Publication date: Available online 5 October 2014 Source:Thin Solid Films Author(s): Bo-Wei Chen , Ting-Chang Chang , Yu-Ju Hung , Tien-Yu Hsieh , Ming-Yen Tsai , Po-Yung Liao , Wu-Wei Tsai , Wen-Jen Chiang The effects of oxygen ambiance on electrical characteristic degradation phenomena in a-InGaZnO thin film transistor with different biases and temperatures are investigated. It can be found that oxygen is substantially adsorbed on the backchannel and results in device instabilities during positive gate bias stress. However, visible light irradiation is found to desorb the adsorbed oxygen ions and this verifies that oxygen dominates the degradation behavior. Moreover, comparing with that in vacuum, hot-carrier stress in oxygen ambiance leads to an extra potential barrier height near the drain side due to oxygen adsorption and causes asymmetric degradation. Furthermore, the asymmetric degradation behavior after hot-carrier stress in oxygen ambiance is suppressed at high temperature due to temperature-induced oxygen desorption or heat-induced holes injecting into the gate insulator.
J. Mater. Chem. C, 2014, Advance ArticleDOI: 10.1039/C4TC01727G, PaperYoon Jang Chung, Won Jin Choi, Seong Gu Kang, Chang Wan Lee, Jeong-O Lee, Ki-Jeong Kong, Young Kuk LeeDoping positions can be as important as dopant materials and concentrations in designing optimal thin film transistors.To cite this article before page numbers are assigned, use the DOI form of citation above.The content of this RSS Feed (c) The Royal Society of Chemistry
Publication date: Available online 2 October 2014 Source:Thin Solid Films Author(s): Ming-Yen Tsai , Ting-Chang Chang , Ann-Kuo Chu , Tien-Yu Hsieh , Kun-Yao Lin , Yi-Chun Wu , Shih-Feng Huang , Cheng-Lung Chiang , Po-Lin Chen , Tzu-Chieh Lai , Chang-Cheng Lo , A. Lien This study investigates the impact of gate bias stress with and without light illumination in a-Si:H thin film transistors. It has been observed that the I-V curve shifts toward the positive direction after negative and positive gate bias stress due to interface state creation at the gate dielectric. However, this study found that threshold voltages shift negatively and that the transconductance curve maxima are anomalously degraded under illuminated positive gate bias stress. In addition, threshold voltages shift positively under illuminated negative gate bias stress. These degradation behaviors can be ascribed to charge trapping in the passivation layer dominating degradation instability and are verified by a double gate a-Si:H device.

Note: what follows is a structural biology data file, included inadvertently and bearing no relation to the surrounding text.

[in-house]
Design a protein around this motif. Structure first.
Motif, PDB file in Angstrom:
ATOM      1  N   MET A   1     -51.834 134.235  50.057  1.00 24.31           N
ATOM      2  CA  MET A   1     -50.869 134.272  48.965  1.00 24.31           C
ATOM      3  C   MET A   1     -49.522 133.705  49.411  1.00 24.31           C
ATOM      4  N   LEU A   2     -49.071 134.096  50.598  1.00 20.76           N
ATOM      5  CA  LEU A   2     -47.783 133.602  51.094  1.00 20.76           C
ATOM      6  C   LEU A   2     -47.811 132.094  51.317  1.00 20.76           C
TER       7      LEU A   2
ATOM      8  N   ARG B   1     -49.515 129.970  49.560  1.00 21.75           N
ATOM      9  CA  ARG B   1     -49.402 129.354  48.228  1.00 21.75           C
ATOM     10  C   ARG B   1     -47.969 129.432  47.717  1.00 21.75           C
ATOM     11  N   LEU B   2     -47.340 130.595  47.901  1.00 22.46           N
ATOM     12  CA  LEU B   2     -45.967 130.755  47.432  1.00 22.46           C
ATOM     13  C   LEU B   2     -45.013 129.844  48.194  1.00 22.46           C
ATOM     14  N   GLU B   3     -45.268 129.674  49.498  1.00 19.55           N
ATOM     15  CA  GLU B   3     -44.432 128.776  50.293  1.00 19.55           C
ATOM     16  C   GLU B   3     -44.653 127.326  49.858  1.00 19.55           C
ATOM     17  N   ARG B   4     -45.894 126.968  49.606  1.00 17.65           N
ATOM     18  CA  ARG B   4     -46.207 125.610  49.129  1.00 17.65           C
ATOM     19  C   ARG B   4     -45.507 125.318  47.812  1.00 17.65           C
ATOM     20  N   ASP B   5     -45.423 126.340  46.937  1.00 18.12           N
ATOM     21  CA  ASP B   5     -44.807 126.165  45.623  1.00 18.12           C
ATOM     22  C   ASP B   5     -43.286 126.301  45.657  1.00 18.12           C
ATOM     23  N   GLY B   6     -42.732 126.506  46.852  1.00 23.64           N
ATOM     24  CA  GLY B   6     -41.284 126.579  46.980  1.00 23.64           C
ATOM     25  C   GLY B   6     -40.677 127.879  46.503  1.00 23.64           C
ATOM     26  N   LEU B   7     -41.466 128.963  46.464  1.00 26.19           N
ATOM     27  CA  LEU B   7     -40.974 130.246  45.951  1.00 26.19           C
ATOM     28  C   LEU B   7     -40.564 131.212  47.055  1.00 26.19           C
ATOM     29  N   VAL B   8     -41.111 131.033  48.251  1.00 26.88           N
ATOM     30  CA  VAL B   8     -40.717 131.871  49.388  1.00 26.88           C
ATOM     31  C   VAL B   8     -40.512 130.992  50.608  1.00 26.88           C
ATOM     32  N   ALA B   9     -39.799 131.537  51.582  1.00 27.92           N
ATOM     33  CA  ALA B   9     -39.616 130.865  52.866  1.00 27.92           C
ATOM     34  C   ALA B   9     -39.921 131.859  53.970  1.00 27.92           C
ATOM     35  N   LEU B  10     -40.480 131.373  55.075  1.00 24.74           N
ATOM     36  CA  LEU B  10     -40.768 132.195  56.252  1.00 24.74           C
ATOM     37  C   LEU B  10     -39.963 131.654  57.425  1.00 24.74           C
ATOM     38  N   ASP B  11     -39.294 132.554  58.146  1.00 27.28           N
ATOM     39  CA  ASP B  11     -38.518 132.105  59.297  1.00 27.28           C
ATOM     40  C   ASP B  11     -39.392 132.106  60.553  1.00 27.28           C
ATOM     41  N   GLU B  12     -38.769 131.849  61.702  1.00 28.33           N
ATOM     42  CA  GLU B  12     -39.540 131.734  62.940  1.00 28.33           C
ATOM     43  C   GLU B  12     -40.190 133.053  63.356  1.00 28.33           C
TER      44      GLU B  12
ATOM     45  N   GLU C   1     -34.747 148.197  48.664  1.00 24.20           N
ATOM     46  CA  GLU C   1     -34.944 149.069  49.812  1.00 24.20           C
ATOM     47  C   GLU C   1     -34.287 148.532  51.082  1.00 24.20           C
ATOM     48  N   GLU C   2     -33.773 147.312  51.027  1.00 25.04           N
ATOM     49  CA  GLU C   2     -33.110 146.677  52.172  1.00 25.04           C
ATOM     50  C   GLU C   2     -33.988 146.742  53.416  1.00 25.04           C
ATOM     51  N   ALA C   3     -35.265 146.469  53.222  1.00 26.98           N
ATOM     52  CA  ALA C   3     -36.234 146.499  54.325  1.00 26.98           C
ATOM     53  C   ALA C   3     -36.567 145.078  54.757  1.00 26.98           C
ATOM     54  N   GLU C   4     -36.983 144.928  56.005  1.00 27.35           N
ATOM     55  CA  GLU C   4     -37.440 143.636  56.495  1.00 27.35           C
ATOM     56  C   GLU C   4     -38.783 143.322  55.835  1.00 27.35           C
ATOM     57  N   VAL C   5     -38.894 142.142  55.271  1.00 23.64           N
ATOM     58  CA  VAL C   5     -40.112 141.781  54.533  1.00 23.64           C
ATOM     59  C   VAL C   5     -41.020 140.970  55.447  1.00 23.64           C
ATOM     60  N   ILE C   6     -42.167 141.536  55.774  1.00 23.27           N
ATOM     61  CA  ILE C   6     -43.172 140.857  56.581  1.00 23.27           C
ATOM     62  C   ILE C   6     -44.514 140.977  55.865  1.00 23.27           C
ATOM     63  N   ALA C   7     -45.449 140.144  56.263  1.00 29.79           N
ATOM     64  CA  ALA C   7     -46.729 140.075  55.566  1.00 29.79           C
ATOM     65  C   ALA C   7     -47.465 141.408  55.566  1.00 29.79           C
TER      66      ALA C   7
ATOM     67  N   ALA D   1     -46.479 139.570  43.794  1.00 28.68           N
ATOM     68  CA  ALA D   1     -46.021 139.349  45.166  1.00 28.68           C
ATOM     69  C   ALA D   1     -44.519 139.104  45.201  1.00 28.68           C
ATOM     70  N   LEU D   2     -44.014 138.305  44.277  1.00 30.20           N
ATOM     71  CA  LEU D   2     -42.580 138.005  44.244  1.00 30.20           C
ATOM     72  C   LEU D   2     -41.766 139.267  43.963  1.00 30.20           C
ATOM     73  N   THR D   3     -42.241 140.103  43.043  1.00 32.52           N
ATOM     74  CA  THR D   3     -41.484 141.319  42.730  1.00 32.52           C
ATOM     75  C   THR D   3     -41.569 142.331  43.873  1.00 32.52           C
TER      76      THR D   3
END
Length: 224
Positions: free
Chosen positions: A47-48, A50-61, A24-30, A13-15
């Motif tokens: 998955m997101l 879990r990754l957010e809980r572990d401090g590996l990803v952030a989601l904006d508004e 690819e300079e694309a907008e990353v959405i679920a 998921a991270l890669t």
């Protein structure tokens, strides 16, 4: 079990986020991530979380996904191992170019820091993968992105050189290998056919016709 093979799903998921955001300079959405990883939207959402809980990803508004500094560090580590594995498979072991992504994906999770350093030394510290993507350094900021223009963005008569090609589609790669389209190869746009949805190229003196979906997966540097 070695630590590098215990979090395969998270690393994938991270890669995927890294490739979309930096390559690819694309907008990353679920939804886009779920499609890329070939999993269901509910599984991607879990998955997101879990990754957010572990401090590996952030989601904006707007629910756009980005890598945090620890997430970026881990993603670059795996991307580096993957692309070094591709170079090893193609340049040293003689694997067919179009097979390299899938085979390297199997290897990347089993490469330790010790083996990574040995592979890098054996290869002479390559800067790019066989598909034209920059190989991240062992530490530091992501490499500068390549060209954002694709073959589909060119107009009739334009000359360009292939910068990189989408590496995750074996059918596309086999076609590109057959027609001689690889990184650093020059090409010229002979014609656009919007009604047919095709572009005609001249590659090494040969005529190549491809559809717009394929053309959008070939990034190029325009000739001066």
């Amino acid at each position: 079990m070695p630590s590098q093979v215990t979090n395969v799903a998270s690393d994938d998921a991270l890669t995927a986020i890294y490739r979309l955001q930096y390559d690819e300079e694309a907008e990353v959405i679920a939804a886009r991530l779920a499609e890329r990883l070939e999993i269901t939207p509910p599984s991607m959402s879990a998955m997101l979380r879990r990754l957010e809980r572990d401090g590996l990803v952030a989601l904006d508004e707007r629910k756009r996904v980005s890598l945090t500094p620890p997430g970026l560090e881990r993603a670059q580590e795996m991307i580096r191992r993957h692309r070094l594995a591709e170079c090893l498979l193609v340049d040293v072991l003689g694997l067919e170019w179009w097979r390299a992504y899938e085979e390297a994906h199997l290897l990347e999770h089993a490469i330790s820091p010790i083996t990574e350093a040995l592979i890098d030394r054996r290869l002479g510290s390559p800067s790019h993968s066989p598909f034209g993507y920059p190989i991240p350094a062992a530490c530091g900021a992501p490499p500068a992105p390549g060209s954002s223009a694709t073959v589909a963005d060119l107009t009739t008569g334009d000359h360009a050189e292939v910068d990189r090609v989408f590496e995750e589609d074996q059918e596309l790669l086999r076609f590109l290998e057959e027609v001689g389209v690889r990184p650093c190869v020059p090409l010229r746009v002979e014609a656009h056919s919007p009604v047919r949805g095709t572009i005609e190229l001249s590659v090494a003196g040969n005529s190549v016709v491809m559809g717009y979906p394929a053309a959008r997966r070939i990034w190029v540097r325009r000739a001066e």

Publication date: 3 November 2014 Source:Thin Solid Films, Volume 570, Part A Author(s): Se Jun Kang , Jaeyoon Baik , Taekyun Ha , Chong Do Park , Hyun-Joon Shin , JaeGwan Chung , Jaecheol Lee Ag was thermally evaporated onto amorphous In–Ga–Zn–O (a-IGZO) thin film, and the Ag-thickness (<0.3nm)-dependent chemical states of the Ag-deposited a-IGZO thin-film surfaces were investigated by high-resolution X-ray photoelectron spectroscopy. As Ag layer thickness increased, Ag 3d shifted towards the lower binding energy (BE) side and In 3d developed a lower-BE component; however, O 1s, Ga 3d, and Zn 3d showed much smaller spectral feature changes than Ag 3d or In 3d. The analysis suggests that Ag atoms preferentially interact and share electrons with In atoms. The Ag 4d split feature at the valence band and the metallic states near the Fermi edge were noticeably visible when the Ag thickness was greater than 0.1nm.
Inspired by the silicide technology in manufacturing silicon devices and the ongoing lack of knowledge on post-metallization annealing in realizing oxide devices, we investigated post-contact annealing for solution-processed InGaZnO transistors. Low-temperature annealing in air is found to significantly improve device uniformity, reproducibility, and subthreshold charge transport. However, this method is highly dependent on the employed contact metal. Detailed examination of devices using Al, Au, and Cu reveals that the physics of a metal/semiconductor interface is vital to its post-anneal response, which results in distinct device characteristics. Our results provide clues to better understand oxide transistors and to optimize their performance.